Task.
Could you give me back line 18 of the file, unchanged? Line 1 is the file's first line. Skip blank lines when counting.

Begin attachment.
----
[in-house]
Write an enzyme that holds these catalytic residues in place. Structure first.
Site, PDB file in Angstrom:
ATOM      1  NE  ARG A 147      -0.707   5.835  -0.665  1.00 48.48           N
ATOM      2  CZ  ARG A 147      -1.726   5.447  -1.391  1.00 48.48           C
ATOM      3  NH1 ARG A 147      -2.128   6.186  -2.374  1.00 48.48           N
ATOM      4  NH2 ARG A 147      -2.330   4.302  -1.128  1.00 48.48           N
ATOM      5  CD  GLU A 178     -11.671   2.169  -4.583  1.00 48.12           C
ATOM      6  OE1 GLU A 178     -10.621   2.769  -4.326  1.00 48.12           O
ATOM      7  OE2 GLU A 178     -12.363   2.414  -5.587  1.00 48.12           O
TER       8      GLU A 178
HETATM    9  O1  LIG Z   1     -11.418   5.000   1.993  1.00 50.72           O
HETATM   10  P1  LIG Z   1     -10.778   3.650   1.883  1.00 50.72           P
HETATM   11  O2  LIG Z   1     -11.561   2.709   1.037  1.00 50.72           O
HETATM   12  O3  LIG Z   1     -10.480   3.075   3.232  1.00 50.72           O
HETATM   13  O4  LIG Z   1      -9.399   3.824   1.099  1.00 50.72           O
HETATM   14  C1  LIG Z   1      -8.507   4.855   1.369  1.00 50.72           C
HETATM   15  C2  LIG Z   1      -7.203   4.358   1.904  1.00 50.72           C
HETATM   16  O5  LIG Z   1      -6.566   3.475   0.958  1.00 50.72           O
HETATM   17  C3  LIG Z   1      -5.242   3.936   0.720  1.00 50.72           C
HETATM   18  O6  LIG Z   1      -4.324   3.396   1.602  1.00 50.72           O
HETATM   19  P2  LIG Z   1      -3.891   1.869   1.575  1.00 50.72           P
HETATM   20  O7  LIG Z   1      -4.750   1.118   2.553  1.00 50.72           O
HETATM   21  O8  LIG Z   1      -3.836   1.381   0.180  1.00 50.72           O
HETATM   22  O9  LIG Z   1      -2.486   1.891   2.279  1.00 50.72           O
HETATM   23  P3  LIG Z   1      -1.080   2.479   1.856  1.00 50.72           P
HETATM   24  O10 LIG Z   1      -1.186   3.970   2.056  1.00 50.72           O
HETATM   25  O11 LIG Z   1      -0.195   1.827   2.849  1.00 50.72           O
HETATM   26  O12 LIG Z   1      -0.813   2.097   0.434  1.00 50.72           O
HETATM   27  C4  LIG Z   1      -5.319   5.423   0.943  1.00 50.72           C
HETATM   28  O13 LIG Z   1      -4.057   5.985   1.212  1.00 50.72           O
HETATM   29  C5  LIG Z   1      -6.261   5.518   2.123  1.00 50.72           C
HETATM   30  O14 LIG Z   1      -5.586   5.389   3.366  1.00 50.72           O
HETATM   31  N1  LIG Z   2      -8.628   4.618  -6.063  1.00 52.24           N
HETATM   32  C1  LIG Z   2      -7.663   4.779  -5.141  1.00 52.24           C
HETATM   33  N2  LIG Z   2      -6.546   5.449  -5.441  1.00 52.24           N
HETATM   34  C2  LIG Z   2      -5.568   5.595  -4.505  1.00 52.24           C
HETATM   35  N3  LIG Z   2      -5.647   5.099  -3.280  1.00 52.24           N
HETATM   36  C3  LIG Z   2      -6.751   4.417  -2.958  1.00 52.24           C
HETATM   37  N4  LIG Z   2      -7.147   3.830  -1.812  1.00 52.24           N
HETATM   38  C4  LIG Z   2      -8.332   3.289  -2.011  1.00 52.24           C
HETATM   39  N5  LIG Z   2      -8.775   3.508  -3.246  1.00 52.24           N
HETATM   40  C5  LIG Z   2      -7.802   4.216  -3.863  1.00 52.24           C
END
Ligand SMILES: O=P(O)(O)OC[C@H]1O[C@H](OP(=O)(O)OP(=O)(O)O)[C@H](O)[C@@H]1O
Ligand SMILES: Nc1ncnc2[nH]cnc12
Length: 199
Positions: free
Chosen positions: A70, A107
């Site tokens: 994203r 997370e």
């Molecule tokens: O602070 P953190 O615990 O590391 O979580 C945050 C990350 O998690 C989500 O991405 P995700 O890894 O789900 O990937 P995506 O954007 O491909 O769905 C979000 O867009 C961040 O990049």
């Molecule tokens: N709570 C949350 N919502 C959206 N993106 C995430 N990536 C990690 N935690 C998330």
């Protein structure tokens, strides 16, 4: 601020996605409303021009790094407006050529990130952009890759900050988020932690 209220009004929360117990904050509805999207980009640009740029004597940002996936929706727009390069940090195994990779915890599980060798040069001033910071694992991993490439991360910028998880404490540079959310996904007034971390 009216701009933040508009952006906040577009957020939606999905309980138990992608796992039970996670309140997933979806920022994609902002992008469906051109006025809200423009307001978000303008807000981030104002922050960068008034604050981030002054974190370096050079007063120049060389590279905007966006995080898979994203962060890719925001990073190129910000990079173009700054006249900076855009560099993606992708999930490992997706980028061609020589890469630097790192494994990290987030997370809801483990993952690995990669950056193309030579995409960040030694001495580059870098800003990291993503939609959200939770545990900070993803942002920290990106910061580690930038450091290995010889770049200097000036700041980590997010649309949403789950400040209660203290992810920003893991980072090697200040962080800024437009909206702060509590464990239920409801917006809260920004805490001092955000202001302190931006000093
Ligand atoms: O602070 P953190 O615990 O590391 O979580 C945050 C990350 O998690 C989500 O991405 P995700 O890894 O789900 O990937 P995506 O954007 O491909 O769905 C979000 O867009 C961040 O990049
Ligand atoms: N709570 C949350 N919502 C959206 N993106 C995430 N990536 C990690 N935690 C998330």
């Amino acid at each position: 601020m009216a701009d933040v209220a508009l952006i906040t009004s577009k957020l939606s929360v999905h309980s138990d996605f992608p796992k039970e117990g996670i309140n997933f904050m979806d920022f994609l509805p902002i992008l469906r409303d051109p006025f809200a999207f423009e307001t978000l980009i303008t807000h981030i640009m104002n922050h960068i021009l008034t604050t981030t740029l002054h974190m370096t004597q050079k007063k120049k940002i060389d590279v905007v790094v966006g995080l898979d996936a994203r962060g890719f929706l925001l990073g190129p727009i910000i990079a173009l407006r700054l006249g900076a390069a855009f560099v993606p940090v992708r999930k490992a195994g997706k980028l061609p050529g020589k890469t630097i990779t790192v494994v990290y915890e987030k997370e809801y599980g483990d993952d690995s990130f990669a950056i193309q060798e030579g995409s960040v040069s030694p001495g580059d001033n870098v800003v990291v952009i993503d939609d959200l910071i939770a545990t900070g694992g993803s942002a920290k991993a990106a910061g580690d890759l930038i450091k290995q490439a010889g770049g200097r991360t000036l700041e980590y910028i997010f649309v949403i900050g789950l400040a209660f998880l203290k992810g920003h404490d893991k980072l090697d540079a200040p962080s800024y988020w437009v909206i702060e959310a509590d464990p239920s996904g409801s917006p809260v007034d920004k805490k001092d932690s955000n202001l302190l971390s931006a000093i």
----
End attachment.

HETATM   15  C2  LIG Z   1      -7.203   4.358   1.904  1.00 50.72           C